Fly By Wire Summary

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Book Review: “Fly by Wire” by William Langewiesche
I. Book Summary Fly by Wire is an impressive, must-read master piece written by William Langewiesche. In his book, William Langewiesche humorously examines the changing landscape of today’s aviation industry. The book artfully and clearly renders the rich history of civil aviation and explores recent developments in technology, aviation unions, and financial challenges facing the industry. The author posits that aviation is a field whereby human capabilities have been surpassed by machines. Recent advancements in aviation, including fly by wire, led the author to conclude that it might be necessary to cede authority to technology
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Langewiesche’s FAA qualifications, including Airline Transport Pilot (ATP) and expired Certified Flight Instructor (CFI) certifications, confirm that he is equally qualified as a flight captain. Langewiesche’s book upstaged President George W. Bush’s farewell public address to the families of victims involved in the Airbus A320 incident. The text begins by examining the principle victims and villains of the fatal incident. For example, Langewiesche discusses the explosion of the Canadian goose population from 200,000 to 4,000,000 between 1970 and 2009. The explosion is attributed to “creation of non- migrant flocks of populations in Canada by the wildlife authorities simply by flipping the wings of the geese (53).” Worth noting are two sections of the book namely: “Fly by Wire” and “Survival.” These sections are interrelated. The former details uncertainties associated with an automated flight control system and its intervention capabilities in the event of a disaster. On the other hand, the former explores alternative human options to safe …show more content…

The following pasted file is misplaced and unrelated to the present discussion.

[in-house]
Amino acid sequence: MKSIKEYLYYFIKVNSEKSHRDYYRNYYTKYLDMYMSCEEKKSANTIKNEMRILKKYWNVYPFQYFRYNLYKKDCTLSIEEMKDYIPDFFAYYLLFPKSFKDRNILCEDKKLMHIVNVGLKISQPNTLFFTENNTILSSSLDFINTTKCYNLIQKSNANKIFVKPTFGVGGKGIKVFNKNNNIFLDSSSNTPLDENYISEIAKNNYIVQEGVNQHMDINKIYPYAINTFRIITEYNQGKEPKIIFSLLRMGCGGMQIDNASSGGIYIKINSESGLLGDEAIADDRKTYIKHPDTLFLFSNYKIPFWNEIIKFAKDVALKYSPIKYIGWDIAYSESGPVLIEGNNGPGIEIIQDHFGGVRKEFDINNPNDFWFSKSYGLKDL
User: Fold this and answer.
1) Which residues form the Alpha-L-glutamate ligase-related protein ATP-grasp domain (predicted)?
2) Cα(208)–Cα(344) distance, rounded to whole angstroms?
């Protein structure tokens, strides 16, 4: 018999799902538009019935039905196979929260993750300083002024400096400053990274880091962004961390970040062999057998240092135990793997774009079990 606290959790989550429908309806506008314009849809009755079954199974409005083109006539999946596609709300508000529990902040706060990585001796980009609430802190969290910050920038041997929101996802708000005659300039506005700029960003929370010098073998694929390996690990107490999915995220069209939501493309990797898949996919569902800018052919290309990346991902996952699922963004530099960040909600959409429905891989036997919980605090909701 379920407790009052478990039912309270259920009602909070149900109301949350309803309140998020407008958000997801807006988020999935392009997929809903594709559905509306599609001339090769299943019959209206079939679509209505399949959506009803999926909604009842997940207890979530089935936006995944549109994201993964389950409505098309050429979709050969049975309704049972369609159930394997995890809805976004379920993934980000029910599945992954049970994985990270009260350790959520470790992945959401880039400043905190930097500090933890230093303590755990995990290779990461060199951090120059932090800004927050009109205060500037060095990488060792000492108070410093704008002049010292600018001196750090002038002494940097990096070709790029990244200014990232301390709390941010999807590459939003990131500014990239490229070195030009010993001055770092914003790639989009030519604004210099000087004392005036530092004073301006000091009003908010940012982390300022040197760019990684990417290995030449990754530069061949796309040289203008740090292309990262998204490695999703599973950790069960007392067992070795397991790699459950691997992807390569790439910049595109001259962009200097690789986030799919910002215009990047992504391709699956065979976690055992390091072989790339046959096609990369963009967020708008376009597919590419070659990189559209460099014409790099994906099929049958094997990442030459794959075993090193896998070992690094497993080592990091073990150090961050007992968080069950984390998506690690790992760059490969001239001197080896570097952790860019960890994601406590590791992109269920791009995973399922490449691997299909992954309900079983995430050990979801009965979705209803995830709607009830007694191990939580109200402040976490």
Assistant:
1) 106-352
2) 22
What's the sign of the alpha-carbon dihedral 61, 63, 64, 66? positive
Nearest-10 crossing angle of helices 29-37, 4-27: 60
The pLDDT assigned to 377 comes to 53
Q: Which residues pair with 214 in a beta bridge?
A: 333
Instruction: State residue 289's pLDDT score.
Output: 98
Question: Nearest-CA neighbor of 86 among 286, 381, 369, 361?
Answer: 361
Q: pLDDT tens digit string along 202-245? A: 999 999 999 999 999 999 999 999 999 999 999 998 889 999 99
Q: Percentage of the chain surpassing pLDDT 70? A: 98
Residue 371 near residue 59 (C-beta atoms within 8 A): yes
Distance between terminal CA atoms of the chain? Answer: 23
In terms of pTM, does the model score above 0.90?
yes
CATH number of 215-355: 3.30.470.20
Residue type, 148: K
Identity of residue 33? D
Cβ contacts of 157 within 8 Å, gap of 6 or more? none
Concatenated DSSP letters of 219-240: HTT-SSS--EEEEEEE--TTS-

With respect to technology, airplanes configured with fly by wire systems tend to achieve the desired glide. In addition, the system effectively gears up the flaps in order to retract possible spoilers. In this regard, the fly by wire system in Airbus A320 was perhaps, instrumental to the safety of the crew. With this system, the plane was already configured for the most optimal glide at a varied range of airspeeds and thus, the pilot was simply required to adjust the speed depending on the flight conditions. The recommended gliding speed in civil aviation ranges between 200 and 250 nautical miles per hour. In the Airbus A320 incident, gliding beyond the critical vertical velocity was unnecessary (Langewiesche 125). Perhaps, the plane would have landed gentler if the pilot had flown northwards. Subsequently, there would have been no need for ground

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